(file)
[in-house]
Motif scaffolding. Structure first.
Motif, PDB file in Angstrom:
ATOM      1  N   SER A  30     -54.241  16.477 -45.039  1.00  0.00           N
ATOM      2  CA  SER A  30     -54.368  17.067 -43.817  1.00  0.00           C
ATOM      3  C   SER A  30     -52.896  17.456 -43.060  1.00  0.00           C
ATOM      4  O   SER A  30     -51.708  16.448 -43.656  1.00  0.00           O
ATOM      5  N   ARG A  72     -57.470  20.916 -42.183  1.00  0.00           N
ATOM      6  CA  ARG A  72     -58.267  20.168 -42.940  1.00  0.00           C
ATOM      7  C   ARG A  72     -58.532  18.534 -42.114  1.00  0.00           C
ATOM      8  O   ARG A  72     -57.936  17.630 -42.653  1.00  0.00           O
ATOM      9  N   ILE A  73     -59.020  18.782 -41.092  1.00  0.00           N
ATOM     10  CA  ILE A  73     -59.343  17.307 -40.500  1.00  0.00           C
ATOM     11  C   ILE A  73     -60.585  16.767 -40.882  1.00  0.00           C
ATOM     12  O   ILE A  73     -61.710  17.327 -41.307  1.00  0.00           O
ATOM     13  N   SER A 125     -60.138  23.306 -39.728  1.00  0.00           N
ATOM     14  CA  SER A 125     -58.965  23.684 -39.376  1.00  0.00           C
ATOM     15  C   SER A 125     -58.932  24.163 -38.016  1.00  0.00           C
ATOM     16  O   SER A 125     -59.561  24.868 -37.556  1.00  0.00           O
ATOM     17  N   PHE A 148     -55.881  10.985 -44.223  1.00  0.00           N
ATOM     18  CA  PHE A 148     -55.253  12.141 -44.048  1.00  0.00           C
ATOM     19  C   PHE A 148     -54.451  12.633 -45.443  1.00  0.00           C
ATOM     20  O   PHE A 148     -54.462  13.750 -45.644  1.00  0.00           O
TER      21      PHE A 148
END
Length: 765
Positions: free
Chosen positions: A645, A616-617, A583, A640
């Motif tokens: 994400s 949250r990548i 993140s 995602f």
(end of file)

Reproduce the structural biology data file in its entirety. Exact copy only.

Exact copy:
[in-house]
Motif scaffolding. Structure first.
Motif, PDB file in Angstrom:
ATOM      1  N   SER A  30     -54.241  16.477 -45.039  1.00  0.00           N
ATOM      2  CA  SER A  30     -54.368  17.067 -43.817  1.00  0.00           C
ATOM      3  C   SER A  30     -52.896  17.456 -43.060  1.00  0.00           C
ATOM      4  O   SER A  30     -51.708  16.448 -43.656  1.00  0.00           O
ATOM      5  N   ARG A  72     -57.470  20.916 -42.183  1.00  0.00           N
ATOM      6  CA  ARG A  72     -58.267  20.168 -42.940  1.00  0.00           C
ATOM      7  C   ARG A  72     -58.532  18.534 -42.114  1.00  0.00           C
ATOM      8  O   ARG A  72     -57.936  17.630 -42.653  1.00  0.00           O
ATOM      9  N   ILE A  73     -59.020  18.782 -41.092  1.00  0.00           N
ATOM     10  CA  ILE A  73     -59.343  17.307 -40.500  1.00  0.00           C
ATOM     11  C   ILE A  73     -60.585  16.767 -40.882  1.00  0.00           C
ATOM     12  O   ILE A  73     -61.710  17.327 -41.307  1.00  0.00           O
ATOM     13  N   SER A 125     -60.138  23.306 -39.728  1.00  0.00           N
ATOM     14  CA  SER A 125     -58.965  23.684 -39.376  1.00  0.00           C
ATOM     15  C   SER A 125     -58.932  24.163 -38.016  1.00  0.00           C
ATOM     16  O   SER A 125     -59.561  24.868 -37.556  1.00  0.00           O
ATOM     17  N   PHE A 148     -55.881  10.985 -44.223  1.00  0.00           N
ATOM     18  CA  PHE A 148     -55.253  12.141 -44.048  1.00  0.00           C
ATOM     19  C   PHE A 148     -54.451  12.633 -45.443  1.00  0.00           C
ATOM     20  O   PHE A 148     -54.462  13.750 -45.644  1.00  0.00           O
TER      21      PHE A 148
END
Length: 765
Positions: free
Chosen positions: A645, A616-617, A583, A640
């Motif tokens: 994400s 949250r990548i 993140s 995602f």